First English edition of the Nuremberg chronicle: being the Liber chronicarum of Dr. Hartmann Schedel…

Although the Rhodians suffered no small measure of distress at the hands of the Turks, they were subjected to still greater wars after the siege and capture of Constantinople. After the Turks, in a period of twenty-four years, had subjugated ever so many neighboring cities and lands, yet Mohammed was hurt in his pride because Rhodes, although near at hand, was still free and not subject to his rule; and accordingly, the Mohammedan Sultan appeared before Rhodes, whither he had sailed with a large and mighty army. On the 23rd day of the month of May, A.D. 1480 he made his camp on Mt. St. Stephen and thereabout; and for three months he attacked the city without cessation. But Peter Dabuson, the grand-master of Rhodes, wise and courageous man, gave proof of his firmness by fearless and manly resistance; in consequence whereof, and by divine aid, the Turks were dispersed by the Christian knights, driven off, defeated, and forced to flee in such confusion that they succumbed in the crush. It is said that the Turks saw an apparition, and became so alarmed that they took to flight; wherefore it is proper to affirm that this victory was given from heaven to the Christian knights, who with such small numbers were able to withstand the mighty enemy which had reached the very walls. And the Mohammedan Sultan, on the 89th day after the siege of the City of Rhodes had begun, sailed away with his fleet in disgrace and dishonor. Peter, the grand-master received funds and assistance from Pope Sixtus and other Christian persons in Europe, and was thus enabled to rehabilitate the invaded and devastated island.

At this time an aged old man, leading a retired and secluded life in a vast hermitage near Lucerne, in Switzerland, maintained himself for twenty years without bodily sustenance. They called him Brother Nicholas. His body was lean and exhausted, just skin, veins and bones. And although these hermits live an inactive life in the shade, and do not fully digest their food, thus causing damp, cold and raw accumulations in their bodies, which enables them to fast longer; yet this man throughout this long period of time led a spotless and heavenly existence. And although many accused Brother Nicholas of possessing an inordinate desire for fame, and interpreted his life as vainglorious, stating that therein he found his reward, yet they judge unjustly. Why do they speak ill of this man after he has spent such a long life in poverty and seclusion, and consumed so many years comforting those who sought him, and maintaining the utmost and strictest resignation and humility. He craved nothing and molested no one. Had he sought human praise for his great labors, such praise would have been but small reward for his pains. He is a fool, who for worldly renown afflicts his body. But this was a pious and righteous man. He repressed covetousness and scorned worldly honors; nor did he manifest a spark of pride. He fixed his hopes in future blessedness; and as a recompense for the strictness of his life awaited the immortal riches of heavenly treasures. His constant gladness of heart manifested the unwavering certainty of his hopes; for he was never sad, but always observed to be in a happy state of mind. He was innocent of mortal sin and devoted himself to good works and to contemplation; so that with St. Paul he might say, Our glory and renown are the testimony of our conscience. For me is laid up the crown of righteousness which shall be given me by the righteous judge when my time comes. This Nicholas was also protected by the bishop of Constance. Finally he died of old age, and a quiet sleep released his old soul. His remains were buried in his parish church, and there he rested, not without manifesting miracles. To the people there he prophesied a number of future events, and left to posterity proof of the great joy found in piety.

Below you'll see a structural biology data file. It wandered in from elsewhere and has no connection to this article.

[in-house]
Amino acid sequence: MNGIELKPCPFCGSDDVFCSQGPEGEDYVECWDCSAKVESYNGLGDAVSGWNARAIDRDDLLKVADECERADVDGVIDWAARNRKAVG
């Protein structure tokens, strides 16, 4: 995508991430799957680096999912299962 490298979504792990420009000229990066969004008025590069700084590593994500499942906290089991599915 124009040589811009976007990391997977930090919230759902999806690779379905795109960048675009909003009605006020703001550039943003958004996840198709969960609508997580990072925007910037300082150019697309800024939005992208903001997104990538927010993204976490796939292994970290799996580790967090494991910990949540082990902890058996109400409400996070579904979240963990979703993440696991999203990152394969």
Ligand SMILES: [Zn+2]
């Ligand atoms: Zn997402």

Hydruntum, a large maritime city in Apuleia, was besieged, attacked, and finally taken by the Turkish forces in this year of 1480. The archbishop there was slain and all the people beheaded. Francesco Lurgus, the duke there, was captured and sawed in twain. Over 12,000 persons were killed, and not over 22 escaped. Evil days would have fallen upon Apuleia had the Turkish sultan continued to live. When he died, Alphonso, the duke of Calabria, besieged the city; and when the Turks learned of the death of their sultan they surrendered to the duke and secured safe conduct.